As a nation, we have grown accustomed to centering our belief of a high school student’s intelligence on a standard pen-and-paper test. These college entrance exams carry a heavy weight in determining one’s eligibility for admission and even scholarships. This is the reason why many people will drop hundreds of dollars for test preparation to achieve a higher score. The importance of these tests is also why many wealthy individuals are caught bribing or altering tests in hopes to get their children into the most elite schools. The ranking you lie on has a key role in ascertaining how successful you would be in life and what opportunities would open for you.
The beginning of the SAT
The first form of standardized testing began in World War I with the phycologist Carl Brigham. Brigham, the father of the SAT, was infatuated with calculating human intelligence. He created the Army Alpha Test, which measured the intelligence of millions of soldiers through puzzles that required one to complete mazes, decrypt symbols, and dissect images. He wrote “A Study of American Intelligence” and analyzed the score of each test by race. He established in his writings that the race that was most intelligent was white people of English, Scottish and Dutch descent. In contrast, the lowest rankings were minorities: black people and immigrants. However, these findings were not accurate because the aptitude tests were laced in bias that ignored barriers that minorities faced during this time. Brigham disregarded that some of his tests would prove difficult for individuals who could not speak English. He also did not put into consideration that some individuals were excluded from ever obtaining a proper education. Brigham insisted that each score revealed an inherent aptitude of distinct races. For this ideology, he wrote in “A Study of American Intelligence” that American education levels were declining because of black people and “will proceed with an accelerating rate as the racial mixture becomes more and more extensive.” Therefore, Brigham concluded that our nation should be concerned about the “epidemic of racial admixture” because the “incorporation of the negro into our racial stock would taint the population.” Following World War I, Brigham devised a new test: The Scholastic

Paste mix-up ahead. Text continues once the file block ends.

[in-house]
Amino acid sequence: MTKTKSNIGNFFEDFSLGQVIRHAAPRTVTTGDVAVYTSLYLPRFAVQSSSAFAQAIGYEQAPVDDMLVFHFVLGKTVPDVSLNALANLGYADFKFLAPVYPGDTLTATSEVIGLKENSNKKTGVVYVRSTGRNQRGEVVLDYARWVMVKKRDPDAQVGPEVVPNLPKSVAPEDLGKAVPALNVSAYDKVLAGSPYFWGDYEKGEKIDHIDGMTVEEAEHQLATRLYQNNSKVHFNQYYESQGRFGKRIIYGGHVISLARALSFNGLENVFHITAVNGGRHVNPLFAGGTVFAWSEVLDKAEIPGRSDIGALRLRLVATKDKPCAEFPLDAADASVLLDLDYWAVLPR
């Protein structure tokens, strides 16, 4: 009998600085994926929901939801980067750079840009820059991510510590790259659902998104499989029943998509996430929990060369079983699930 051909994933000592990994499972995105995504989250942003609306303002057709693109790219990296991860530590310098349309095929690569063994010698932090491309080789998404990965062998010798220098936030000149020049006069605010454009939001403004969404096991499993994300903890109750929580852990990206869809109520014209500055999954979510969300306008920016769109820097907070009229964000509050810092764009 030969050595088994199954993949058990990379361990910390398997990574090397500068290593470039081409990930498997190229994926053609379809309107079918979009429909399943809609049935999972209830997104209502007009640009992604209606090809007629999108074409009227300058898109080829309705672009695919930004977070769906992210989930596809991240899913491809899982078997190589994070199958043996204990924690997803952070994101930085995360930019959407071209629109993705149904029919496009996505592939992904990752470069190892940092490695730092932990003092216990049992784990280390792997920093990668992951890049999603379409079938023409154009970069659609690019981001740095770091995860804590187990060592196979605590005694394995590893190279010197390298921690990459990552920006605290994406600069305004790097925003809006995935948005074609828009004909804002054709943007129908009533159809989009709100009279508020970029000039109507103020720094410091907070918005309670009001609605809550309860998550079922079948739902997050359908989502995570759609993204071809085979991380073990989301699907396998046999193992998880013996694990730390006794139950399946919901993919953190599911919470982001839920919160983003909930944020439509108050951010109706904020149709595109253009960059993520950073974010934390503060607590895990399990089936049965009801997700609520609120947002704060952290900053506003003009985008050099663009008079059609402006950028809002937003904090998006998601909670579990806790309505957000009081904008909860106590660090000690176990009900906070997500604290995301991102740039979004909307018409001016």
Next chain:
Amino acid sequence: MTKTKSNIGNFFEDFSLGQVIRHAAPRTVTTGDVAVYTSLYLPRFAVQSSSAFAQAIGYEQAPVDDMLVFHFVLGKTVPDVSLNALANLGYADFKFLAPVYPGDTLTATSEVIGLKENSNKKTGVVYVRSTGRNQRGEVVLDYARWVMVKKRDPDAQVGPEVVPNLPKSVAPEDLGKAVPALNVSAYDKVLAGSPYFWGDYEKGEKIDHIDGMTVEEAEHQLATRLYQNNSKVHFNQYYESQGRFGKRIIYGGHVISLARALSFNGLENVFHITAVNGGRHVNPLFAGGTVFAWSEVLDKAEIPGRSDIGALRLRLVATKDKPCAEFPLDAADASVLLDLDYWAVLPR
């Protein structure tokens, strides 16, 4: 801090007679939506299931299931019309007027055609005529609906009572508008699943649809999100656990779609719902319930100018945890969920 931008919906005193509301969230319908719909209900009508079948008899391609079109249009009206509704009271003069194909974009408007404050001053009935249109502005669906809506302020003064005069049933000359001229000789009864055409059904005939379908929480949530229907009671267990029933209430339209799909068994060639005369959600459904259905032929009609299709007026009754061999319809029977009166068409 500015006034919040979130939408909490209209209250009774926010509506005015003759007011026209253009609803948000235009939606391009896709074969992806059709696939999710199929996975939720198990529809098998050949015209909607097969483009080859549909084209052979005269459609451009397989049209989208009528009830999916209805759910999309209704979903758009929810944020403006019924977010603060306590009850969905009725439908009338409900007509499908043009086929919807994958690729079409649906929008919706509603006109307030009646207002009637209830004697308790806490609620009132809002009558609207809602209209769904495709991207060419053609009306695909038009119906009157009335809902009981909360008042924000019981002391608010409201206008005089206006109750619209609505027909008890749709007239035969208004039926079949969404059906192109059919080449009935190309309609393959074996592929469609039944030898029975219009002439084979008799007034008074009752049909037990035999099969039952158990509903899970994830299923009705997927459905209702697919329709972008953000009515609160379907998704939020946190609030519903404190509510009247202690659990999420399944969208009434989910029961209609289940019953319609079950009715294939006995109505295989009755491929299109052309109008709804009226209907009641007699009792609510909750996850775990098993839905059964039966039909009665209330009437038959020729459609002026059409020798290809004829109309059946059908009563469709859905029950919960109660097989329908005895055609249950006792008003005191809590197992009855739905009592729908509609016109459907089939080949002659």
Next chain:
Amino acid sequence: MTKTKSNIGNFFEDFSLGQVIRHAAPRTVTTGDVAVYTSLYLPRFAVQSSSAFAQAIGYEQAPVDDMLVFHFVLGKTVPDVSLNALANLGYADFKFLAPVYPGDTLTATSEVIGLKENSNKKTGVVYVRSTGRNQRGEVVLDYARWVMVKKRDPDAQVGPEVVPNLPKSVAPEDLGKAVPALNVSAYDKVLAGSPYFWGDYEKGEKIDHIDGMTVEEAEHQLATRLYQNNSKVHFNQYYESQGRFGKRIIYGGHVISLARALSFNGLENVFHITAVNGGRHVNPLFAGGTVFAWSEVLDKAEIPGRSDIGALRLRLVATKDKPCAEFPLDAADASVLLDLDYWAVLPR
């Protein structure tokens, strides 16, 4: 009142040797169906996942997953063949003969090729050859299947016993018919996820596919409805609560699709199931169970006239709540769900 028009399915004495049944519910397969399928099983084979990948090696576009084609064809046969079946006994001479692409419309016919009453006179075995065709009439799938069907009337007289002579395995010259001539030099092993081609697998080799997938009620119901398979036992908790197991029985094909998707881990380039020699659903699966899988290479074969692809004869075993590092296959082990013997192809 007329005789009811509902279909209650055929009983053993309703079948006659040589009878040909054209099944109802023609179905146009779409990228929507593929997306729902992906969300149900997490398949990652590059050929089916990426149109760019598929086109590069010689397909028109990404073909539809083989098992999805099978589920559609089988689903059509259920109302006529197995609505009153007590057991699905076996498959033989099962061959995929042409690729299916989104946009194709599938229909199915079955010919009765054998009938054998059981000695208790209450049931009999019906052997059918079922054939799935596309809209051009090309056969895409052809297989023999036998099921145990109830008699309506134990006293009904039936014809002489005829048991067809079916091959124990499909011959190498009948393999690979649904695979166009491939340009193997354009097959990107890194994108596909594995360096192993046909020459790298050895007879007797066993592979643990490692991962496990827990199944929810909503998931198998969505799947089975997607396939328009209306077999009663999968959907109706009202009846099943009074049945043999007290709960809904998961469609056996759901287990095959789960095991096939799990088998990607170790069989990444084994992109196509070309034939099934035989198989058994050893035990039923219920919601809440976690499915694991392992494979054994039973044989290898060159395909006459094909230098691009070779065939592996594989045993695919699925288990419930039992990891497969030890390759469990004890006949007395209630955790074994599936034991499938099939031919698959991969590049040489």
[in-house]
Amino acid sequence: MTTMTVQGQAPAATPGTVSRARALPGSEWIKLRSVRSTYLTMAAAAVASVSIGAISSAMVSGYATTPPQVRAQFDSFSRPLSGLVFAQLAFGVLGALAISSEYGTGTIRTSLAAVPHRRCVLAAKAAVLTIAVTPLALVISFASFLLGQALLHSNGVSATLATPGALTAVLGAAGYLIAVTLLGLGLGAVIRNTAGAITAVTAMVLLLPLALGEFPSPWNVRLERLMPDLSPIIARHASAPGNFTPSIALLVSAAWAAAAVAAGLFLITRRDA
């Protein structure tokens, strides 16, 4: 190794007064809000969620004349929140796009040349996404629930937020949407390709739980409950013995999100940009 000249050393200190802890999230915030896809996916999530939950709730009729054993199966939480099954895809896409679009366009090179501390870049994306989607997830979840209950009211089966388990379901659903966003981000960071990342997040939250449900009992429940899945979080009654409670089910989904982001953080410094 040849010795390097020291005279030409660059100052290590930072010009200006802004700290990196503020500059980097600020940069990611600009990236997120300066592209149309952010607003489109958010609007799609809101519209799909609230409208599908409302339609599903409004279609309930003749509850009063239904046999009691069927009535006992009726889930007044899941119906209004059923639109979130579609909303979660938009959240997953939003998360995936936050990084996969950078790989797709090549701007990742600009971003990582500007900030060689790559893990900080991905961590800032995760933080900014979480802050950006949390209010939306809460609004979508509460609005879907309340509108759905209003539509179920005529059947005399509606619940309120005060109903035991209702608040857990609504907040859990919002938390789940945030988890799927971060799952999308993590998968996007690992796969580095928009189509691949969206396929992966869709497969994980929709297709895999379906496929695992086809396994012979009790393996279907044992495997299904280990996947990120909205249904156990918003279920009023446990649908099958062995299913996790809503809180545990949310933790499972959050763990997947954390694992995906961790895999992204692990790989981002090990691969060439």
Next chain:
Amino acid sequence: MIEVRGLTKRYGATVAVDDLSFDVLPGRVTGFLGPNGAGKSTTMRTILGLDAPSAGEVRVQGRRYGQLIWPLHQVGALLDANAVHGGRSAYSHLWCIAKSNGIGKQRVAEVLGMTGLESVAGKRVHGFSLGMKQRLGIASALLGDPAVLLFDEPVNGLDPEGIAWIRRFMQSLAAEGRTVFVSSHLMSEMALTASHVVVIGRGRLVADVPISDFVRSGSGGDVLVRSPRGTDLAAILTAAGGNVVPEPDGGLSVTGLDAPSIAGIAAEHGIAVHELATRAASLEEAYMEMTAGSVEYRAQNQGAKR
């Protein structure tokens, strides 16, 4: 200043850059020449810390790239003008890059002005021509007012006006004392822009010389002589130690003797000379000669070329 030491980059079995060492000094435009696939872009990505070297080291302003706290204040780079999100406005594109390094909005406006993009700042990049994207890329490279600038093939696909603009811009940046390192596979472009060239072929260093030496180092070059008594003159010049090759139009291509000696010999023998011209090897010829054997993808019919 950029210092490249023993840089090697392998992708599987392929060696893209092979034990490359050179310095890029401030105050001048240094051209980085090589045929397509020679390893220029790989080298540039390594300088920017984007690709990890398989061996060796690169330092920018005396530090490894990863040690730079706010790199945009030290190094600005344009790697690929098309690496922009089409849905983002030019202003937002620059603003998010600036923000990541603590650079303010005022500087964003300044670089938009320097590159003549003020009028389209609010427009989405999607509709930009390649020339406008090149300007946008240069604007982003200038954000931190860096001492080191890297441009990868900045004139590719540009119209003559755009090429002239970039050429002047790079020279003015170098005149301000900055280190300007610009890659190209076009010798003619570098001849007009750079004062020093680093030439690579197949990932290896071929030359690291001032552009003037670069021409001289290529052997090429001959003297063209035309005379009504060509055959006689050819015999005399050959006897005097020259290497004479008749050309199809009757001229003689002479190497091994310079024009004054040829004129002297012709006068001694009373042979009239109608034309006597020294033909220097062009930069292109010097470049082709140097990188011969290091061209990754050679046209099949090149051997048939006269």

Aptitude Test (SAT).
The Broken System
Standardized testing does not just pertain to measuring student’s intelligence but also reflects wealth inequality. As illustrated by data collected by the College Board, families that earn less than $20,000 have scores that are below average. In contrast, as each income bracket increases, the scores also improved. Students with the wealthiest incomes score an average of an 1150 on the SAT while students from low income households struggle for an 850. Education systems that are grounded in lower income locations primarily lack proper funding. Hence, schools that are in more affluent locations receive better test scores for they have more funding for education and test preparation. Therefore, the wealthier students have further opportunities and tend to go to more prestigious colleges. Stanford researcher Rey Chetty found that the elite who attended Ivy League colleges earned a standard of $171,000 each year, while the middle class who enrolled in public colleges earned an average of $87,000 each year. In turn, individuals who enlisted in community colleges earned only $67,000 each year. The conclusion of his research is that through this category, the wealth was adopted by their children. These aptitude tests have become the beginning to the endless cycle of systematic oppression in America.
Gateway to addiction
Prescription stimulants Adderall and Ritalin are drugs that are provided to individuals with ADHD or ADD. However, the most common users are just regular students abusing these stimulants for better test scores. As illustrated by The Partnership for a Drug-free America, approximately three quarters of “study drugs” abusers are students using these stimulants for academic improvements—helping individuals stay alert, concentrate, and improve cognitive process during an exam. The problematic increase in the usage of these “study drugs” has caused many substantial health concerns and has led to severe drug addiction. The U.S. National Institute on Drug Abuse demonstrated that these drugs have constructed levels of high blood pressure, anxiety, depression, and mental illness among students.
The fate of a student’s admission into college mirrors the score that one receives on standardized test. These tests have caused an extreme weight to be placed on the shoulders of young students across the nation. Should such a simple pen-and-paper test have the power to impact the rest of your life?